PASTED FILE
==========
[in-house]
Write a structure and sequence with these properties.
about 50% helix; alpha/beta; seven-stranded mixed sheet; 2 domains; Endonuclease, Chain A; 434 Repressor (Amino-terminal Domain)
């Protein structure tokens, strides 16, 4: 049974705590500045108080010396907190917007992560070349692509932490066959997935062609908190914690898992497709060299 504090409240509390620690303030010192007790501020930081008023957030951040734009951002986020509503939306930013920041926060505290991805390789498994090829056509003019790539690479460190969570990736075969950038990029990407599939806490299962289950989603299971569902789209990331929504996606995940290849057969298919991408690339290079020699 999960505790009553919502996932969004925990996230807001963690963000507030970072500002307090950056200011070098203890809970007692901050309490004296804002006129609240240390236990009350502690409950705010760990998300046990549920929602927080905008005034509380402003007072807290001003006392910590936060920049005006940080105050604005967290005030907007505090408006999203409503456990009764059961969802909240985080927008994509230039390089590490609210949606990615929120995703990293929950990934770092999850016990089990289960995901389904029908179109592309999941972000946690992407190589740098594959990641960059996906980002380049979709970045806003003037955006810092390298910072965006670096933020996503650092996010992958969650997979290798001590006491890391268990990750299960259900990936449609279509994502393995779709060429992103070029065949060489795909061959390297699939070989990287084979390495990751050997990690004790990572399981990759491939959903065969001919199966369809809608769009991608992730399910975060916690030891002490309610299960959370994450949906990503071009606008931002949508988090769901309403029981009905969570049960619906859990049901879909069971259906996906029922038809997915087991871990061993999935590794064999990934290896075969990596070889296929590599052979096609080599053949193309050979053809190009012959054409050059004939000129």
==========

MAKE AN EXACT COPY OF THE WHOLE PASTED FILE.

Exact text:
[in-house]
Write a structure and sequence with these properties.
about 50% helix; alpha/beta; seven-stranded mixed sheet; 2 domains; Endonuclease, Chain A; 434 Repressor (Amino-terminal Domain)
């Protein structure tokens, strides 16, 4: 049974705590500045108080010396907190917007992560070349692509932490066959997935062609908190914690898992497709060299 504090409240509390620690303030010192007790501020930081008023957030951040734009951002986020509503939306930013920041926060505290991805390789498994090829056509003019790539690479460190969570990736075969950038990029990407599939806490299962289950989603299971569902789209990331929504996606995940290849057969298919991408690339290079020699 999960505790009553919502996932969004925990996230807001963690963000507030970072500002307090950056200011070098203890809970007692901050309490004296804002006129609240240390236990009350502690409950705010760990998300046990549920929602927080905008005034509380402003007072807290001003006392910590936060920049005006940080105050604005967290005030907007505090408006999203409503456990009764059961969802909240985080927008994509230039390089590490609210949606990615929120995703990293929950990934770092999850016990089990289960995901389904029908179109592309999941972000946690992407190589740098594959990641960059996906980002380049979709970045806003003037955006810092390298910072965006670096933020996503650092996010992958969650997979290798001590006491890391268990990750299960259900990936449609279509994502393995779709060429992103070029065949060489795909061959390297699939070989990287084979390495990751050997990690004790990572399981990759491939959903065969001919199966369809809608769009991608992730399910975060916690030891002490309610299960959370994450949906990503071009606008931002949508988090769901309403029981009905969570049960619906859990049901879909069971259906996906029922038809997915087991871990061993999935590794064999990934290896075969990596070889296929590599052979096609080599053949193309050979053809190009012959054409050059004939000129």